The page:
The bittersweet irony is that only through her dying were we both able to rediscover who we’d once been… to rediscover the raging river that had carried us both in its current of shared life. That river which had dwindled into a vague undercurrent of connection, swelled again, lifting us both into the powerful current of endings and beginnings. She held my hand and kissed it over and over again. She held my heart and thanked me for all I’d given her and blessed me for always being there. She said our love was an unbroken circle, surrounding us and binding us together, forever. She held me in her arms and told me not to cry.

These boxes are filled with photographic memory— moments captured through the lens of time. They render her death— for which both of us had so ardently prayed, believing it would bring only blessed relief— unbearably painful. Her loss is inconceivably huge; and the time I had with her—all of it, the good and the bad and the ugly—has been made absolute and precious.

I wish I’d looked at these photographs while she was still alive, to remind myself of who she still was at the very core, so that I might have honored and loved the lifetime in her; so that I would have been more patient; so that I would have been more kind, more forgiving, more mature, more generous, more present. More grateful. To her and for her.

I have been unable to concentrate, or write, or stay in one place doing one thing for very long. I feel scattered, lost, aimless. The woman who took up so much of my life is gone from my daily cosmos. The woman who gave me life is gone from mine.

For the first time, ever, my life is truly my own. And I really don’t quite know what to do with it.

A letter from Albert Einstein to his daughter about the universal force which is: love.

I just came across this post through my private Facebook page. I had never read this letter before, and all I can say, especially to my readers of “The Last of Her Kind,” is…WOW.

You Are The Light That You Always Have Been

Reposted from: https://suedreamwalker.wordpress.com/2015/04/15/a-letter-from-albert-einstein-to-his-daughter-about-the-universal-force-which-is-love/

In the late 1980s, Lieserl, the daughter of the famous genius, donated 1,400 letters, written by Einstein, to the Hebrew University, with orders not to publish their contents until two decades after his death. This is one of them, for Lieserl Einstein.More can be found about Lieserl here

…”When I proposed the theory of relativity, very few understood me, and what I will reveal now to transmit to mankind will also collide with the misunderstanding and prejudice in the world.
I ask you to guard the letters as long as necessary, years, decades, until society is advanced enough to accept what I will explain below.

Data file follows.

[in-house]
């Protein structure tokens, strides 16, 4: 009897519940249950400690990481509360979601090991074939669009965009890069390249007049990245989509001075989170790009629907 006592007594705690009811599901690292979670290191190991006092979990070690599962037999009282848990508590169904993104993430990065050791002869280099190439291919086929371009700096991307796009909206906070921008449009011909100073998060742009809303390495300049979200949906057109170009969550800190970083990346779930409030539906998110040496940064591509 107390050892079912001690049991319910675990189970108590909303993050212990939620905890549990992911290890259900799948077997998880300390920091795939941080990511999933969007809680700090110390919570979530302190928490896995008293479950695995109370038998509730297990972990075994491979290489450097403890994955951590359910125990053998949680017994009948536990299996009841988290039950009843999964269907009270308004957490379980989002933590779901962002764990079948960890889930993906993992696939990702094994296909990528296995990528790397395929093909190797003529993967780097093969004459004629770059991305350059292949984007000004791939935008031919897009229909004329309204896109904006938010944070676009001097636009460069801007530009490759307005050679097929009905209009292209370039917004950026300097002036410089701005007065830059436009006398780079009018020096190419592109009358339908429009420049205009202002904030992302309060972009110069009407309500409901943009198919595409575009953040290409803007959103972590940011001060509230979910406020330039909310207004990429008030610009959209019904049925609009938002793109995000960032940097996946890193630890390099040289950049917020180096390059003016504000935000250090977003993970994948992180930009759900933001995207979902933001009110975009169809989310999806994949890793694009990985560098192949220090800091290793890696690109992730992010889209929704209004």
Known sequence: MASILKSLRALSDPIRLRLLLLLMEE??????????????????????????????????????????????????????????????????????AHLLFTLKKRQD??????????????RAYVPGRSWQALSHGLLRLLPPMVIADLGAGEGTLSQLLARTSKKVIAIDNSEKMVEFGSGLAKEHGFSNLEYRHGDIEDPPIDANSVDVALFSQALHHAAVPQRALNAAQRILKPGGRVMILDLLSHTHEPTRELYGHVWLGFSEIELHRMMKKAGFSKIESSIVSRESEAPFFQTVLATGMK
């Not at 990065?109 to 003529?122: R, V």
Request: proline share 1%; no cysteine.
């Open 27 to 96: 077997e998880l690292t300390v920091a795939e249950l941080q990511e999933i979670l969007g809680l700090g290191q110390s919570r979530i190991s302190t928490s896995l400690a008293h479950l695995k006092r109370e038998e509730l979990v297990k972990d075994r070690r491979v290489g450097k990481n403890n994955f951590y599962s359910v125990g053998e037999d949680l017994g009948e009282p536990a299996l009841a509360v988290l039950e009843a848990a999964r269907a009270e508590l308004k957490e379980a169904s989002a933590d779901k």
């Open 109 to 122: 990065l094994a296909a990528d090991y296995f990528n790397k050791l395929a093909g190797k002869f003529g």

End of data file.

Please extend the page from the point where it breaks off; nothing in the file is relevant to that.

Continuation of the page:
There is an extremely powerful force that, so far, science has not found a formal explanation to. It is a force that includes and governs all others, and is even behind any phenomenon operating in the universe and has not yet been…

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Momma, Again

I haven’t posted my own words on this blog since settling my mother into an assisted living apartment in April. It is difficult to concentrate or focus, or to find the writer’s peace of mind so necessary to the work. To write with authenticity, to write well, it is necessary to tap into the deepest, interior, raw regions of the writer’s soul.

Quite honestly, I am afraid to do so publicly.

To create fiction, it is necessary to find interior silence, that meditative space within oneself from which the voices and personas of new characters spring— where settings grow like wild flowers and weeds, and plots are uncovered through uninterrupted, keen observation of that evolving alternative reality.

I pause life, hoping to gaze into that meditative space, but find only chronicles of my mother’s biography instead. Every voice and persona are hers. Every setting a photograph from the past and present. I am an unwilling observer; the only keen observer of her devolving alternate reality.

I look into my heart and feel only sorrow and anger overtaking me from a lifetime’s bittersweet and complicated relationship, and its loss. Her presence has become a growing mushroom cloud overshadowing all else. My emotions have become a storm so intense that I dare not tap into their ferocity with words that post publicly.

Dementia has been a cruel parasite within my mother. It has decimated the filters which once protected her, exposing her weaknesses and her doubts and her fears and her ugliness. It has eaten away her masks. The masks once used to project what she must, to protect those she loved, and hold herself harmless. And in that decimation I have myself become exposed, a more vulnerable moving target than ever before.

And here, I must stop; my masks are intact.

The Voice of the Trees by Bartholomaus Traubeck

Have you listened to a tree sing?
Here is You Tube’s ‘Years’ Tree Turntable demonstration. Utilizing various make-shift components, German designer Bartholomäus Traubeck has managed to create a modified record player that takes wood slices of a tree and makes music from its inner rings. Whether you believe this or not, it’s not hard to imagine this as the music trees might make, if their trunks were converted into vinyl LPs. https://youtu.be/ZYLaPVi_I2U